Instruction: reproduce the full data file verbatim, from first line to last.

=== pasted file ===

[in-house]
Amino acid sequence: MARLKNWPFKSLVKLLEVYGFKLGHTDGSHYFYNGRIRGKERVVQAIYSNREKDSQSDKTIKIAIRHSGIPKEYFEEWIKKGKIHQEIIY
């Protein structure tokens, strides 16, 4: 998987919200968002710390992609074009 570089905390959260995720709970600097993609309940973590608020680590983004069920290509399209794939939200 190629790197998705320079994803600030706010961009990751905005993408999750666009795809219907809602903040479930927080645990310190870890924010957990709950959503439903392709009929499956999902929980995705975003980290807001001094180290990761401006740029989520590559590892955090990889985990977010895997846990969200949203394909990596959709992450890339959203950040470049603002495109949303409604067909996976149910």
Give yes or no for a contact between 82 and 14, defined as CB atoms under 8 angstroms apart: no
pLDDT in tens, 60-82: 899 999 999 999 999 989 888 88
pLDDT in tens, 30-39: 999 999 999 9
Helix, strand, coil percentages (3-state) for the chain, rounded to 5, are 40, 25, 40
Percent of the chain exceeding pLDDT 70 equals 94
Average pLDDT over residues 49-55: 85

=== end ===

[in-house]
Amino acid sequence: MARLKNWPFKSLVKLLEVYGFKLGHTDGSHYFYNGRIRGKERVVQAIYSNREKDSQSDKTIKIAIRHSGIPKEYFEEWIKKGKIHQEIIY
């Protein structure tokens, strides 16, 4: 998987919200968002710390992609074009 570089905390959260995720709970600097993609309940973590608020680590983004069920290509399209794939939200 190629790197998705320079994803600030706010961009990751905005993408999750666009795809219907809602903040479930927080645990310190870890924010957990709950959503439903392709009929499956999902929980995705975003980290807001001094180290990761401006740029989520590559590892955090990889985990977010895997846990969200949203394909990596959709992450890339959203950040470049603002495109949303409604067909996976149910």
Give yes or no for a contact between 82 and 14, defined as CB atoms under 8 angstroms apart: no
pLDDT in tens, 60-82: 899 999 999 999 999 989 888 88
pLDDT in tens, 30-39: 999 999 999 9
Helix, strand, coil percentages (3-state) for the chain, rounded to 5, are 40, 25, 40
Percent of the chain exceeding pLDDT 70 equals 94
Average pLDDT over residues 49-55: 85